Best mocktail recipes for Drynuary: ginger ale, Shirley Temple, and Honey & Spice.

Slate’s Cocktail Columnist Offers Mocktail Recipes for All the Poor Schmoes Doing Drynuary

Slate’s Cocktail Columnist Offers Mocktail Recipes for All the Poor Schmoes Doing Drynuary

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Jan. 26 2015 9:03 AM

Slate’s Cocktail Columnist Offers Mocktail Recipes for All the Poor Schmoes Doing Drynuary

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Ginger ale

Copyright Brent Hofacker

This is one in an occasional series of posts about Drynuary, the practice of not drinking alcohol in January.

Troy Patterson Troy Patterson

Troy Patterson is Slate’s writer at large and a contributing writer at the New York Times Magazine.

I gather that some of you are taking the first month of the year off from drinking, and I think that’s cute. This practice—known by the cumbersome portmanteau Drynuary—has gained sufficient popularity to rate as a kind of ritual, and that popularity is symptomatic of a food culture in which consumption and morality are growing ever more intimately intertwined. You are what you eat. Or what you don’t drink, in this case, of course, as if a secular Lent and lifestyle cleanse might bring one closer to whatever the late-capitalist equivalent of spiritual perfection is.

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Hey, your body, your rules. Far be it from me to suggest that, if the goal of Drynuary is to repent for the excesses of the holiday season, well, maybe you should have paced your eggnog intake better in the first place. Nor is it my place to observe that—if y’all really want to prove your talents for self-restraint, or to assure yourselves that you are not lushes, by reducing your annual drink intake by eight percent—well, you might do better by reserving half of one beer from each six-pack you purchase for use as shampoo.

It is, however, my place to alleviate tedium. The dullness of sitting buzzless among your unsober friends I can nothing do about, but all those club sodas-with-lime must be feeling pretty dreary right now. Thus, here are three simple suggestions for drinks that, though not adult beverages, are agreeably grown up.

Ginger ale. Invented in the 1800s, possibly by one Dr. Thomas Cantrell, ginger ale is without parallel in its ability to calm the stomach while exciting the tongue. To take your ginger ale game up a notch, seek out a brand that abjures high-fructose corn syrup in favor of cane sugar or some such. To take your game up two notches, add a quarter ounce or more of lemon juice to your glass. For a three-notch night, toss in a few dashes of aromatic bitters, such as Angostura.

DISCLAIMER: Angostura is 44.7 percent alcohol, and to consume it will be to violate the letter of your self-imposed law, if not the spirit. I mean, we are talking a trace amount of hooch here, and though I wouldn’t hesitate to serve a ginger ale so doctored to a pregnant woman or a child, I would on principle avoid serving one to a chip-carrying recovering alcoholic, instead seeking out a bitters relying not on alcohol but on glycerin.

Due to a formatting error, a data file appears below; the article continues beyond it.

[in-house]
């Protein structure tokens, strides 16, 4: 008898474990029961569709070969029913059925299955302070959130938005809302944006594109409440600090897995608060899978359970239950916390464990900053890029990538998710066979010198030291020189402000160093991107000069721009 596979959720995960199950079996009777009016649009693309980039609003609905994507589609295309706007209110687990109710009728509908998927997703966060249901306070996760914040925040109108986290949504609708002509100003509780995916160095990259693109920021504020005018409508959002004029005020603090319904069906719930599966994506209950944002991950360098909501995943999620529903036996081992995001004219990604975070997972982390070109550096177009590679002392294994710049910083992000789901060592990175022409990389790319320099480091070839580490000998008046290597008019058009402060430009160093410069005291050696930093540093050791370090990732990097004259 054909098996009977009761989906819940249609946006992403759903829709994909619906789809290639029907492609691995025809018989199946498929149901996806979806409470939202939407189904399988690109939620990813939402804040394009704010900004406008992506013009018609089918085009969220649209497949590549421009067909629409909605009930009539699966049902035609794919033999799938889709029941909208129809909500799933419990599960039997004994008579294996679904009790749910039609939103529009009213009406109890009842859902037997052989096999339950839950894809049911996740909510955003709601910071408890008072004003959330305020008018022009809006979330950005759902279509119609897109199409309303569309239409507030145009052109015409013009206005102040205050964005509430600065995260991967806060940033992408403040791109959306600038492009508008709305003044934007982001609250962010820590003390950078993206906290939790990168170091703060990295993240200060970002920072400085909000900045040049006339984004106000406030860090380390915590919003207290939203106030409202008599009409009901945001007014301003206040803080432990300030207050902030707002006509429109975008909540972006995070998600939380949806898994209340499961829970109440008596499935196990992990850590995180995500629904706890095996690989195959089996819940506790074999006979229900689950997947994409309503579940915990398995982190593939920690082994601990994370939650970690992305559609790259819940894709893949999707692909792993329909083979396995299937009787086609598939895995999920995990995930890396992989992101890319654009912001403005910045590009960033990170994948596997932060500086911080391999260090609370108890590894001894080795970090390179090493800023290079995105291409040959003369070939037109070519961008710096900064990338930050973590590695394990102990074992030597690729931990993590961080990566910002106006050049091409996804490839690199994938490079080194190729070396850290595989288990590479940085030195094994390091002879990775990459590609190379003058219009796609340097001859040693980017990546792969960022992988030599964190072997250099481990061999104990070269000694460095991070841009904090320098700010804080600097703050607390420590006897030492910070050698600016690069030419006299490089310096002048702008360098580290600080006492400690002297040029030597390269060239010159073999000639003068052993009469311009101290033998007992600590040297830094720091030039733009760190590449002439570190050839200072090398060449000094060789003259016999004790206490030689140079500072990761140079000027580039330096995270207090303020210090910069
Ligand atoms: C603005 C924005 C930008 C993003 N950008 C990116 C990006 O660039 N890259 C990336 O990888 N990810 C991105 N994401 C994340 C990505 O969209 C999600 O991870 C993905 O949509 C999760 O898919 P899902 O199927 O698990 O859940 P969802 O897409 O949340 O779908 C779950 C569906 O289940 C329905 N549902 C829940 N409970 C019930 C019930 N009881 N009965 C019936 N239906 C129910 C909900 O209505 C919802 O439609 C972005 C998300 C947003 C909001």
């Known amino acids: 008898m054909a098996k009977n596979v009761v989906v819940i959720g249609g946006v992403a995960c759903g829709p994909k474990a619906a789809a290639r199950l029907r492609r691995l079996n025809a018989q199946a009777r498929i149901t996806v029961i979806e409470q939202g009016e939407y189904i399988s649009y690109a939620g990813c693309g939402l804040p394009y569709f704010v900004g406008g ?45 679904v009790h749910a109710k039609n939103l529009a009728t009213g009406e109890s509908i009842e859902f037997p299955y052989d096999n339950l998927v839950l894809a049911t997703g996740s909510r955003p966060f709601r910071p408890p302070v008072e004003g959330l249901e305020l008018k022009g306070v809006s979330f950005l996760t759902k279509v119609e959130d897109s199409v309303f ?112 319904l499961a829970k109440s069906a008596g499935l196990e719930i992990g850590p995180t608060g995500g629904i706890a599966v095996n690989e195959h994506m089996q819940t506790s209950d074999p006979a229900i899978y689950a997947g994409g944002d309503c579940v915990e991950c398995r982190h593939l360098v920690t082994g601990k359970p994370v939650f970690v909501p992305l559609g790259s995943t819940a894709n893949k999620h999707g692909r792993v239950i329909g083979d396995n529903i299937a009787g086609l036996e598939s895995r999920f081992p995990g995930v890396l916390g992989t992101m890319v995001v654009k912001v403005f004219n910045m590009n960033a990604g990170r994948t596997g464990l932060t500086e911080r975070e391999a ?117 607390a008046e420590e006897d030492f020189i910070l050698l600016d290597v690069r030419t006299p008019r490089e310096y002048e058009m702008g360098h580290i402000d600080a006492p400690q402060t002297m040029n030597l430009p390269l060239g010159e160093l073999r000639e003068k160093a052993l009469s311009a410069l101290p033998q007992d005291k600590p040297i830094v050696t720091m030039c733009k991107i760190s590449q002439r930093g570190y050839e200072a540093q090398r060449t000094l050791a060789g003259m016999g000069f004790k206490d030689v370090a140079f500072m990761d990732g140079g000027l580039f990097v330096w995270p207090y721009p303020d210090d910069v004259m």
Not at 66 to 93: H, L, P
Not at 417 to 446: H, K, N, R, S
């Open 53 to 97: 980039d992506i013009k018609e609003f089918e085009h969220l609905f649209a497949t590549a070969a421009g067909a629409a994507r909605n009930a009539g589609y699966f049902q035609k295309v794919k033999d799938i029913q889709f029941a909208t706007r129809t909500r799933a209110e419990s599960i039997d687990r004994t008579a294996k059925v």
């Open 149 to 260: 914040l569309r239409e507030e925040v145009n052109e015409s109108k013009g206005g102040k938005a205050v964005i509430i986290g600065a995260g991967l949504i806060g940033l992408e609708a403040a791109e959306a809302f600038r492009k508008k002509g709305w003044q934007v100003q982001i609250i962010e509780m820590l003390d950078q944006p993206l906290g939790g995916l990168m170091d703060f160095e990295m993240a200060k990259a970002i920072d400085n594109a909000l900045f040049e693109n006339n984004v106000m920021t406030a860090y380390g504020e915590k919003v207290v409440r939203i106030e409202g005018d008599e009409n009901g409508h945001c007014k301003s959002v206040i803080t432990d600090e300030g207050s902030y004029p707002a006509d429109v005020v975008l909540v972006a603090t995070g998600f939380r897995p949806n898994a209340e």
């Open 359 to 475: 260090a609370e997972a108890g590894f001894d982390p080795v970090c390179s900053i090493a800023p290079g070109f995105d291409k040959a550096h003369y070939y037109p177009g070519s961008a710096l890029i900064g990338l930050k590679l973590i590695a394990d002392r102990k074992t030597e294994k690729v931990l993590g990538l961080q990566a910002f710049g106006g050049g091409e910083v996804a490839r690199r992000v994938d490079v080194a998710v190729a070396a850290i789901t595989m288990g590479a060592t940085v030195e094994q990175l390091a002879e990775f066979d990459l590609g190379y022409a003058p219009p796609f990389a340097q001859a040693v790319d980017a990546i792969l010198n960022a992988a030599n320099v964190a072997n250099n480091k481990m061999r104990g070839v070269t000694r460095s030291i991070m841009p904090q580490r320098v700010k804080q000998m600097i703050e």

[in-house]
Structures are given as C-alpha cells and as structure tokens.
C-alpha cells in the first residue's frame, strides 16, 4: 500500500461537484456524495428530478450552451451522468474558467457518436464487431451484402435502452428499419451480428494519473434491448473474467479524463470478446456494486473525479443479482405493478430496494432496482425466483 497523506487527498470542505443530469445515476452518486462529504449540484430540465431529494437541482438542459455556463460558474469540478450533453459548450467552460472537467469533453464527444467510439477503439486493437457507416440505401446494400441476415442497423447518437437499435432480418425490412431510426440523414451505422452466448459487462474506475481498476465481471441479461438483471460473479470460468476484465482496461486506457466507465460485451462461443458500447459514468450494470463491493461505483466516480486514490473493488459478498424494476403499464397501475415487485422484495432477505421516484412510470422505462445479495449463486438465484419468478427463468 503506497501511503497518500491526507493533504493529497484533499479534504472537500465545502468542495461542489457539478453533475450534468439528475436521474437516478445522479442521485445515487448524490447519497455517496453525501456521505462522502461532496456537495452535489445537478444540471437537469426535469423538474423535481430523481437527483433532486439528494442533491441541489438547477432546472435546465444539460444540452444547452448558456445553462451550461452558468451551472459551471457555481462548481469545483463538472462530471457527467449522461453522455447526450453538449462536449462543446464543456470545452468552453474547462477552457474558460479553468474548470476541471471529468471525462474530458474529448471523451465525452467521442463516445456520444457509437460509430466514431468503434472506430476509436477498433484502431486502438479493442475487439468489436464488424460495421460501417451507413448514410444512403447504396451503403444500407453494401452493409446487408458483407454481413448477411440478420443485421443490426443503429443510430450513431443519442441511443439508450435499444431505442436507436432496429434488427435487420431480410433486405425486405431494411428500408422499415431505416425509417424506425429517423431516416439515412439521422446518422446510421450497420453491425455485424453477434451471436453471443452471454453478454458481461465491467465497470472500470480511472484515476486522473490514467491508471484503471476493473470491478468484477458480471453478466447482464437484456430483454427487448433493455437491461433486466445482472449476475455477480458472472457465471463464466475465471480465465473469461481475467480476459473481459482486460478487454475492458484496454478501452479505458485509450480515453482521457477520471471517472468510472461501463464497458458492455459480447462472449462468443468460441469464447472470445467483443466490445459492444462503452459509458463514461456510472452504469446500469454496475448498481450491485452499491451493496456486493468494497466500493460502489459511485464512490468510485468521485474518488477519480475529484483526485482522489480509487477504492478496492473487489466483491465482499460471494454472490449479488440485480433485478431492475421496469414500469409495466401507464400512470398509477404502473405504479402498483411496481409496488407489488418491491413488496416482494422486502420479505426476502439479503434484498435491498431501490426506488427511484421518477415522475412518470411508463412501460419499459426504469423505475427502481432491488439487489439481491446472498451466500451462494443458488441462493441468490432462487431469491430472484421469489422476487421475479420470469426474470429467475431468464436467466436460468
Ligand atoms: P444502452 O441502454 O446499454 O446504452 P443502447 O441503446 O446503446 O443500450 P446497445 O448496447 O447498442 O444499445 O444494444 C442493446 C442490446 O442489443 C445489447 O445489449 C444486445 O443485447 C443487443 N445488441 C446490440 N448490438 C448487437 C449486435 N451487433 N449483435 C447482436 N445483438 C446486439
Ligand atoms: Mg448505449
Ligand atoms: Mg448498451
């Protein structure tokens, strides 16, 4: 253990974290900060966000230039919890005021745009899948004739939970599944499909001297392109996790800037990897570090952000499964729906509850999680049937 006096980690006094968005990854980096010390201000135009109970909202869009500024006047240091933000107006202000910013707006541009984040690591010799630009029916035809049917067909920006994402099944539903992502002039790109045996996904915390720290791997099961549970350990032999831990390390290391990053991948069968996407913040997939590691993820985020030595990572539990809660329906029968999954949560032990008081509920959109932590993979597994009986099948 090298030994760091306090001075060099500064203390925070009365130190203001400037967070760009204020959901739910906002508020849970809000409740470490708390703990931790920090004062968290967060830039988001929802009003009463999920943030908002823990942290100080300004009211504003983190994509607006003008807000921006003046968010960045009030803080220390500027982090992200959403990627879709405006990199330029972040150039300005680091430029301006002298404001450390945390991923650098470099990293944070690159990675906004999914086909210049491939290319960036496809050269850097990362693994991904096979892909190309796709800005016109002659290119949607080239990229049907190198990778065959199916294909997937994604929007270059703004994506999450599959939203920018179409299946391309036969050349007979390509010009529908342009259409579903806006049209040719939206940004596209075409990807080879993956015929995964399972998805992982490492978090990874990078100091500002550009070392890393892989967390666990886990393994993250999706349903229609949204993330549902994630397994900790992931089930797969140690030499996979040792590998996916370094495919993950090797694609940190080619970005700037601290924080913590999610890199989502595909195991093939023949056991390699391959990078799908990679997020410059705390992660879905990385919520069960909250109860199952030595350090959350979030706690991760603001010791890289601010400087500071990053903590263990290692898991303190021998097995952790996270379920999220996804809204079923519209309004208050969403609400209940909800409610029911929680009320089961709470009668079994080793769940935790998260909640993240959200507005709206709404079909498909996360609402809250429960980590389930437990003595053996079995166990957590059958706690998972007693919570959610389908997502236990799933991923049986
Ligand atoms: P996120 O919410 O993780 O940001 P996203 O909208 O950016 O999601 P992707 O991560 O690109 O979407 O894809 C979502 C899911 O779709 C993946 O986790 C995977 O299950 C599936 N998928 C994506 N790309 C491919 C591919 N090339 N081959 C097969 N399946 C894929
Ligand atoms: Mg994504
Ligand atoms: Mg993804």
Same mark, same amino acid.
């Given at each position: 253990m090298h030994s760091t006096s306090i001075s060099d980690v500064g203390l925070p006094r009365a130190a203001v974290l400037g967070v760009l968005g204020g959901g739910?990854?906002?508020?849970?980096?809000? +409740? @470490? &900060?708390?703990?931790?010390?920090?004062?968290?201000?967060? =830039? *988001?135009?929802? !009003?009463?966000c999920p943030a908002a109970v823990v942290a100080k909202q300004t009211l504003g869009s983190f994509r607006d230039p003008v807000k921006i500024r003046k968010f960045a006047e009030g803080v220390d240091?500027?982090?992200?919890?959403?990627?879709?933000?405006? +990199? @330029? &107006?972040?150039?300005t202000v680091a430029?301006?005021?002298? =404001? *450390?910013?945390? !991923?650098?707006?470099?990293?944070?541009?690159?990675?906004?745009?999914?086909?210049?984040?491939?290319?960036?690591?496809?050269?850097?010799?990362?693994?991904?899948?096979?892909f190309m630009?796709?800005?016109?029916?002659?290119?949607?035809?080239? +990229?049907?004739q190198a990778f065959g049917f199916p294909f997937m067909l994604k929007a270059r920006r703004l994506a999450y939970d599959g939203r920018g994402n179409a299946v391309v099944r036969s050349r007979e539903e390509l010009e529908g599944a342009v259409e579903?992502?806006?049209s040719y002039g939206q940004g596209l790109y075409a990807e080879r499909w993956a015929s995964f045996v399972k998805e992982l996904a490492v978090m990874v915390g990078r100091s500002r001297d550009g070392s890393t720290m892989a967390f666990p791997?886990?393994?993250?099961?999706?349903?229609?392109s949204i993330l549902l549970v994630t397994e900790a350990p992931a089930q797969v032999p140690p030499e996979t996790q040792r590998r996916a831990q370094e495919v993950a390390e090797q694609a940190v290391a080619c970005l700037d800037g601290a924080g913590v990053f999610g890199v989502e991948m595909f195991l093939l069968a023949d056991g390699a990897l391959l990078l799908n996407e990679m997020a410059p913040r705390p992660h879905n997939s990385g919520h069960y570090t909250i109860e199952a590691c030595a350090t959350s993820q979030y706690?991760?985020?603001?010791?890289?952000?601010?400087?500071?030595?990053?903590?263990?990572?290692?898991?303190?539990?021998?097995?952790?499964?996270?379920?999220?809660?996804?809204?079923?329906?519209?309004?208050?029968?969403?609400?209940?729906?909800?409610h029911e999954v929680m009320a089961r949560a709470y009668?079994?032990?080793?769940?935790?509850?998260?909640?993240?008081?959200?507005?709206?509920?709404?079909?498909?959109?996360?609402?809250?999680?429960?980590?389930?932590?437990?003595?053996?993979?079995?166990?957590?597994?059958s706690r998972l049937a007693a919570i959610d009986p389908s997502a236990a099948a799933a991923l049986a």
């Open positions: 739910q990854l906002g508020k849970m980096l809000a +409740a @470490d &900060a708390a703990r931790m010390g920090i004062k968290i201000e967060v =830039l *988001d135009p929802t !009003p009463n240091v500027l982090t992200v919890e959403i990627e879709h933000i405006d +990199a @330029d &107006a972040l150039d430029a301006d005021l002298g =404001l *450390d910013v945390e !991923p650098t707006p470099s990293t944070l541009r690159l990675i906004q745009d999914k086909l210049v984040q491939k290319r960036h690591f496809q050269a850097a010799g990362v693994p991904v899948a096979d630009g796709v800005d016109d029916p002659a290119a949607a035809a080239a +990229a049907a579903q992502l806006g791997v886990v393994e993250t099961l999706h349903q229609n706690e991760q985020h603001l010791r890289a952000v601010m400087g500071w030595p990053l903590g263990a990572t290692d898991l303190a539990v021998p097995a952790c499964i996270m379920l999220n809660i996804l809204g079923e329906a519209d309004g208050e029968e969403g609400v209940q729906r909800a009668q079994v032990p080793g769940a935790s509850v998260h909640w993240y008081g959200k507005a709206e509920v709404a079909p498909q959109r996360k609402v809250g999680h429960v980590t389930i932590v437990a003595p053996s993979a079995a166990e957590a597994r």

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The Shirley Temple. Engaged in an ongoing quest to become an authority on this kiddie classic, I recently crafted a Shirley Temple punch recipe: One 24-ounce bottle of Pom, one 12-ounce bottle of Boylan’s Black Cherry soda, 1½ to 2 liters of Whole Foods ginger ale (according to taste). You chill the ingredients, combine them over an ice block in a punch bowl, decorate the potion with thin orange wheels, and serve, garnishing each serving with one Luxardo cherry, or more, at the request of any drinker who knows the magic word. I wrote this recipe for a four-year-old’s birthday party—but I figure you Drynuaryists will find it useful, especially because the rest of us will seem much less annoying if you avoid us altogether and socialize exclusively with your own kind.

If you have leftover punch, put it in a pot on the stovetop and reduce it to a syrup to be substituted for grenadine in ripe variations on adult beverages.

Honey & Spice. This one I discovered paging through one of Food & Wine’s annual cocktail guides. An homage to Orange Julius, it involves grapefruit juice, lime juice, honey syrup, and allspice syrup; that last ingredient requires a bit of labor, true, but I assume that you’ve freed up more than a bit of extra time this month, having temporarily renounced sitting on a barstool talking trash.

I include the Honey & Spice here to indicate that a happy consequence of the ongoing cocktail renaissance is an emerging mocktail naissance. More than ever, talented bartenders delight in banging out a drink that will not bang up a drinker, and bars of a certain caliber have taken to advertising such offerings. A visit to the NoMad Bar in Manhattan reveals a section of the menu given over to “soft cocktails” such as La Piña, made with jalapeño-infused agave syrup, pineapple juice, and lime juice, which can be yours for the almost-not-contemptible price of $8.

As you can see, there is no reason for a Drynuary observer to subject her palate to strict aridity, and there is no end to the possibilities for building sophisticated non-alcoholic concoctions. The only problem with these drinks is naming them. The best mocktail name of all time—Abstinence on the Beach—is already taken, alas. But the NoMad acquits itself well with the name of another drink that seems to honor everyone’s favorite mall-loitering pick-me-up, referring to a compound of orange juice, cream, and orange blossom water as a Cease & Desist.